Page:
In 1969, Jack Dangermond founded Esri, which became the maker of, arguably, the world’s most popular commercial GIS software. Esri’s first commercial GIS, ARC/INFO, was released in 1982, and the simpler ArcView program followed in 1991. That year, 1991, is also the year I started working with GIS, although I used the TransCAD system from Caliper before starting with Esri software a few years later.

    Back then, GIS work required expensive software packages installed on personal computers or large mainframe systems. There was no Google Maps; all map data had to be manually loaded into your software. Getting useful data into a GIS usually required extensive file manipulation and expertise in coordinate systems, projections, and geodesy.

    While the government, utility, and resource management sectors used GIS heavily, there was not much consumer or personal use of GIS. As for me, I spent a lot of time in my first job digitizing paper maps by hand or trying to figure out why the map data I had loaded into a GIS was not lining up properly with an aerial photo.

    Esri’s ArcView 3.2 for desktop computers (from the 1990s)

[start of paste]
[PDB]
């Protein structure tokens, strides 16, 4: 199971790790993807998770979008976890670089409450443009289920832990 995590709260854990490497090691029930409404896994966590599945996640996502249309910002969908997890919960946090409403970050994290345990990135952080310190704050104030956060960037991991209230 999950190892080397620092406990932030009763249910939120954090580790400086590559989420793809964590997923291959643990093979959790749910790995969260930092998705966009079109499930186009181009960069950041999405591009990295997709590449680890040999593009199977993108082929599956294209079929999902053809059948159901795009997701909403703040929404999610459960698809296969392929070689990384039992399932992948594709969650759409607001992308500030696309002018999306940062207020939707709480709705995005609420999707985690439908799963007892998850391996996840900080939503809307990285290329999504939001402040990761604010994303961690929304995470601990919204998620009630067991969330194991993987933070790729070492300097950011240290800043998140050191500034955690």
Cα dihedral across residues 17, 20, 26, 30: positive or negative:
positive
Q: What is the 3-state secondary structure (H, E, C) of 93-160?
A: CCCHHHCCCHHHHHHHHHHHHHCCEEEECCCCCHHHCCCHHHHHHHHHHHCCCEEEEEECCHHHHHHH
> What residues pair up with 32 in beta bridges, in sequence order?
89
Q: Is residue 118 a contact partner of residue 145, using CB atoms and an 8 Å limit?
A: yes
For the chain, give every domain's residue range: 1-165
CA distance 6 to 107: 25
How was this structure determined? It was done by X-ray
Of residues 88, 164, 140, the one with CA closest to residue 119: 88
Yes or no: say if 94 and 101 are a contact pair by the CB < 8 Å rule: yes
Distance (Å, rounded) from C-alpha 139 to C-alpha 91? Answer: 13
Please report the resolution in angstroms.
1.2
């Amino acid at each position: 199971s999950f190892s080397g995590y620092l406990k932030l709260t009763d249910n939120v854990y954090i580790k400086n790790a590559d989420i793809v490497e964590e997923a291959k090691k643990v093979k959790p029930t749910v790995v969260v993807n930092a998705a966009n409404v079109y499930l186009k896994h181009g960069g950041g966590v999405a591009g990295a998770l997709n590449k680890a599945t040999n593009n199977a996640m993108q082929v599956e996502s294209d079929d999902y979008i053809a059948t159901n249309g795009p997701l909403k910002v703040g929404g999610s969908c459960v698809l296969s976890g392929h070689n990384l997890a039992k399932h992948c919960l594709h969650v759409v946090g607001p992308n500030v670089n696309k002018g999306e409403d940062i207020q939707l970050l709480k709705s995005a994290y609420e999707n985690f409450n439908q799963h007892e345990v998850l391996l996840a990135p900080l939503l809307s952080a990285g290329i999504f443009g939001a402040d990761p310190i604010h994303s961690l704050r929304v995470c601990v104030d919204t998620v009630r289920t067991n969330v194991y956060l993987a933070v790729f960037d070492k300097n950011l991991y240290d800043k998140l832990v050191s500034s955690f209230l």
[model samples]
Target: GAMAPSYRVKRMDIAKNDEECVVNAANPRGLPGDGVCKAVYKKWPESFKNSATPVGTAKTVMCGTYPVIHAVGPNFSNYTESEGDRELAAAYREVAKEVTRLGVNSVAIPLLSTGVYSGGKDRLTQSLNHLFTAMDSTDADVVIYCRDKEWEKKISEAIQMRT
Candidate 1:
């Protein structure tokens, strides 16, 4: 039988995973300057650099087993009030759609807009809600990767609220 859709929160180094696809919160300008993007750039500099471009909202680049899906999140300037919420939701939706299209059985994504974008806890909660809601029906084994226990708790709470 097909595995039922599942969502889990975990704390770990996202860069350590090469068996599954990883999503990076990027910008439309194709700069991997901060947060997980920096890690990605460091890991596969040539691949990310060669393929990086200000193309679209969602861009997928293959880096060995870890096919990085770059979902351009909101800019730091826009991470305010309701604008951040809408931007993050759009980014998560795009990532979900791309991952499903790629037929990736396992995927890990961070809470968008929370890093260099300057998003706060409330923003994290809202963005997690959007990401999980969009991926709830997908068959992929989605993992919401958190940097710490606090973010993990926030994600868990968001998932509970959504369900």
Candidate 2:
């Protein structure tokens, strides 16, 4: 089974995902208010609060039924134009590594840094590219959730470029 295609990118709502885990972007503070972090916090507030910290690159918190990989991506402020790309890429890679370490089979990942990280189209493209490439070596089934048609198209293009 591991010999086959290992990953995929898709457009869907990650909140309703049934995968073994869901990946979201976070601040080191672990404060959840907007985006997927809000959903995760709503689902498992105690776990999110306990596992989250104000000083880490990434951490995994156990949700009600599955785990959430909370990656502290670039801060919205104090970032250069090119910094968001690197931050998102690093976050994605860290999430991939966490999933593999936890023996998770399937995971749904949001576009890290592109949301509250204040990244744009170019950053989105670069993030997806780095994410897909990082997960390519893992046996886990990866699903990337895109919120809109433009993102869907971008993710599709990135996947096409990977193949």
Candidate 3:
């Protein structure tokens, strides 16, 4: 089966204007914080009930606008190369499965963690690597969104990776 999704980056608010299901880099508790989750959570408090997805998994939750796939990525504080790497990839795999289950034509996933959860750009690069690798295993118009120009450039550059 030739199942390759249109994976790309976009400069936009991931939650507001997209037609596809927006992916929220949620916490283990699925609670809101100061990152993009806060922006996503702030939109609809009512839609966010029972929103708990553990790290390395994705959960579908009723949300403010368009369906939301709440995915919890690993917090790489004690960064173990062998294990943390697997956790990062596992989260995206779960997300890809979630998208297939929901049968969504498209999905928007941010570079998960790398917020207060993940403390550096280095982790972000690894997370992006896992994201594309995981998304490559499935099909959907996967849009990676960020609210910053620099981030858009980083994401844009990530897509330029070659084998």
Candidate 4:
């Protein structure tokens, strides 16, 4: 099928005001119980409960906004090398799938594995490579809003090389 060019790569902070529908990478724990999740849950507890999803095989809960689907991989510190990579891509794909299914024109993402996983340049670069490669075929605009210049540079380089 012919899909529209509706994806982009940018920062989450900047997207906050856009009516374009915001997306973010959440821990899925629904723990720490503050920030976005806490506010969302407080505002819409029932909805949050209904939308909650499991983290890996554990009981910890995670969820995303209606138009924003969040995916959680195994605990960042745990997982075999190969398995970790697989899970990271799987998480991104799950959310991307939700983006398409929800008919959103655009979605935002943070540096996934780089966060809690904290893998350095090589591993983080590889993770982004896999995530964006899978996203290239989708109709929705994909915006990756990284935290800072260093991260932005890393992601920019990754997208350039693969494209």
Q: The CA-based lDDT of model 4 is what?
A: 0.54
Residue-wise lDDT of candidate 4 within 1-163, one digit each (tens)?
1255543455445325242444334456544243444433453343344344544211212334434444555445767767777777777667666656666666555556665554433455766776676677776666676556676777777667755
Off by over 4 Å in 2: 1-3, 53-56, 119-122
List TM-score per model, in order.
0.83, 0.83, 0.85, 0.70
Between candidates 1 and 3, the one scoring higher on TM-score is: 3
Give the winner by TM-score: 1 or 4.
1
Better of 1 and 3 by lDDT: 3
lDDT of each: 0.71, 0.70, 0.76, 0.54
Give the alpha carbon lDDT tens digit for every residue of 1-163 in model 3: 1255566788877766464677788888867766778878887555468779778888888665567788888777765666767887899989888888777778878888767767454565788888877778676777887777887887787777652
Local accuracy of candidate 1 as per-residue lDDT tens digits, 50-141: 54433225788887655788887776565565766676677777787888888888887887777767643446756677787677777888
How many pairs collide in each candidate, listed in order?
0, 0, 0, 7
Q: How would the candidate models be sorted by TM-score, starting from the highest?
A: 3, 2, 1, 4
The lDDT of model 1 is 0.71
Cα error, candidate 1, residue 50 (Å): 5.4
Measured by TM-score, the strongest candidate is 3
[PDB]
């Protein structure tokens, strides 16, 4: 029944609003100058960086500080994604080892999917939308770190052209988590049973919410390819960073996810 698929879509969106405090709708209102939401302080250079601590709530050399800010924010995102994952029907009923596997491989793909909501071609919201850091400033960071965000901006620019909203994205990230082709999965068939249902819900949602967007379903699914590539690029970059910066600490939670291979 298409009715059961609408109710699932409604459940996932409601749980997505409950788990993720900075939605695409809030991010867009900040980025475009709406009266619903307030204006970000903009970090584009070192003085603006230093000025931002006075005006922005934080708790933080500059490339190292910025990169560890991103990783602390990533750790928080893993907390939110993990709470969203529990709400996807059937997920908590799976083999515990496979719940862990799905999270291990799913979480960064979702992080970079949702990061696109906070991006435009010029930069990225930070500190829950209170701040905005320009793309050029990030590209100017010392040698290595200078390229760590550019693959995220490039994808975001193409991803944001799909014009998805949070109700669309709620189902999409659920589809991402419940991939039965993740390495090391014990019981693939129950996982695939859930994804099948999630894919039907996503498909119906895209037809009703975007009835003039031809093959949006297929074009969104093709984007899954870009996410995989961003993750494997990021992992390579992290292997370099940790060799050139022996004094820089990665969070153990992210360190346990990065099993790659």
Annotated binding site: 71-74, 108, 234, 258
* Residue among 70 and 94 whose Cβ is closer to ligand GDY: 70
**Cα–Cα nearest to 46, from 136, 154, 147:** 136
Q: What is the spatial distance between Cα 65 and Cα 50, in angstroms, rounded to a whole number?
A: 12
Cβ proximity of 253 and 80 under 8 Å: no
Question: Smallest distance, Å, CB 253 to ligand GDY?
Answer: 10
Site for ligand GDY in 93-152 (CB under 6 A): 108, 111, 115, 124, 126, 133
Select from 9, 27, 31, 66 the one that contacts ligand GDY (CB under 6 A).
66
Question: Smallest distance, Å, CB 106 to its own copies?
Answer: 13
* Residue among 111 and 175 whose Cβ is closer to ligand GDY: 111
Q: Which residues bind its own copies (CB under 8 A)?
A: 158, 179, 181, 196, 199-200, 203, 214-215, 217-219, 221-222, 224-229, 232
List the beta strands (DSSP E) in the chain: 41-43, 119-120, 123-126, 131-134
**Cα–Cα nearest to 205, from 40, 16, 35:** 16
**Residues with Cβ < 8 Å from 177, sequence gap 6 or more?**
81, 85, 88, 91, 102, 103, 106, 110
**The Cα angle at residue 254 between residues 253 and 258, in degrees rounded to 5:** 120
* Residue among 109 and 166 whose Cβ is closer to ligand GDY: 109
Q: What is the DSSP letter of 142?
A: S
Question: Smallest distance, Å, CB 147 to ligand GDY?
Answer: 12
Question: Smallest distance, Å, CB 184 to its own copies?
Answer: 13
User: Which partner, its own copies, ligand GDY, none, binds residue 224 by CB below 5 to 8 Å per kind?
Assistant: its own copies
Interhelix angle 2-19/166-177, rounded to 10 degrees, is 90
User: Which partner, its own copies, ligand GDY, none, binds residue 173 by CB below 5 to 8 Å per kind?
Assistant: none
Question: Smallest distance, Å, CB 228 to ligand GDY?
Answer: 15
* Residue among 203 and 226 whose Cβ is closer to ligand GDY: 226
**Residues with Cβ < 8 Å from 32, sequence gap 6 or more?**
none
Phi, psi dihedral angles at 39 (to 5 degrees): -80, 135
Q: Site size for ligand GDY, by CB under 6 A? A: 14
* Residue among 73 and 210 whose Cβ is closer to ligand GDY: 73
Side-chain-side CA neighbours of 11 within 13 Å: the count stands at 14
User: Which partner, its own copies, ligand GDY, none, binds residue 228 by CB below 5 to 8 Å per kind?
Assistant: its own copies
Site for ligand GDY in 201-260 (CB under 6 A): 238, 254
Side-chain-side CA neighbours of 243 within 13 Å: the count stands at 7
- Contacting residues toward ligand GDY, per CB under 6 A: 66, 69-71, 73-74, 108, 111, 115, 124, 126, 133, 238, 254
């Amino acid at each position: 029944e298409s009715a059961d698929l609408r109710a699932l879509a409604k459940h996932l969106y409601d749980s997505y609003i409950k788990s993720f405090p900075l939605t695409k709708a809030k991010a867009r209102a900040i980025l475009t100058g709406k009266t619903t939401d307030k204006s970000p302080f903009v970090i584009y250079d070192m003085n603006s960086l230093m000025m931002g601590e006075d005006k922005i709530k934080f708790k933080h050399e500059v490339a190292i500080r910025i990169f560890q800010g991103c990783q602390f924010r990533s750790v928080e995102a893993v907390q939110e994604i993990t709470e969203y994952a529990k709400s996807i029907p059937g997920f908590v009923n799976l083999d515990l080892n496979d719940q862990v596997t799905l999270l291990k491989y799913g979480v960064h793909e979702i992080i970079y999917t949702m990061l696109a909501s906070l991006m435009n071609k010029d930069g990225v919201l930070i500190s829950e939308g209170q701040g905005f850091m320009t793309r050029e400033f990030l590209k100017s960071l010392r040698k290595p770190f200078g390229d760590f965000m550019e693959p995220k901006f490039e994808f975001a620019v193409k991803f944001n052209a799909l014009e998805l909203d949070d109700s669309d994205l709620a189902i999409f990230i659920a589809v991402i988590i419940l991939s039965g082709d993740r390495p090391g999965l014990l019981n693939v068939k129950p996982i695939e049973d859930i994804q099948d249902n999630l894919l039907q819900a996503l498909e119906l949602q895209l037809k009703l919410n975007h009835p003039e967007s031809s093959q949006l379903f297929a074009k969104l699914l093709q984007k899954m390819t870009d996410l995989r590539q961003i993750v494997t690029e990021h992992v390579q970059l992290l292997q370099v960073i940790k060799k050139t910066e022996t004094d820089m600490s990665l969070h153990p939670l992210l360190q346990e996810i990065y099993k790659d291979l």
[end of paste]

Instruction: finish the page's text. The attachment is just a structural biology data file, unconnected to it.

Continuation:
Esri’s ArcView 3.2 for desktop computers (from the 1990s)
    https://map.sdsu.edu/geog583/lecture/Unit-3.htm

    The Google Revolution

    How much has changed since those early days! After the release of OpenStreetMap in 2004, Google Maps and Google Earth in 2005, and Google Street View in 2007, GIS has been on an unstoppable journey—from only being used by dedicated GIS professionals on large computers in specific workplaces, to be accessible to anyone with an internet browser or a smartphone. High-quality map data and images—often the most expensive item in a GIS project in the 1990’s — are now practically free.

    Just think how revolutionary it is that anyone can have instant access to detailed satellite images and road maps of almost anywhere on Earth! Not only can you perform such mundane tasks as finding the fastest route between two cities or locating your favorite coffee shop while on vacation—you can also see live traffic conditions for cities across the globe; view aerial images of countries you have never visited, and get street level views of exotic places. Back in 1991, such widespread access to free map data would have seemed like something straight out of science fiction.

    Traffic conditions in London, 3:30 pm 10/16/2017, from Google Maps

    Traffic conditions in London, 3:30 pm 10/16/2017, from Google Maps

    South Base Camp, Mount Everest, Google StreetView

    South Base Camp, Mount Everest, Google StreetView

    Mashups in the cloud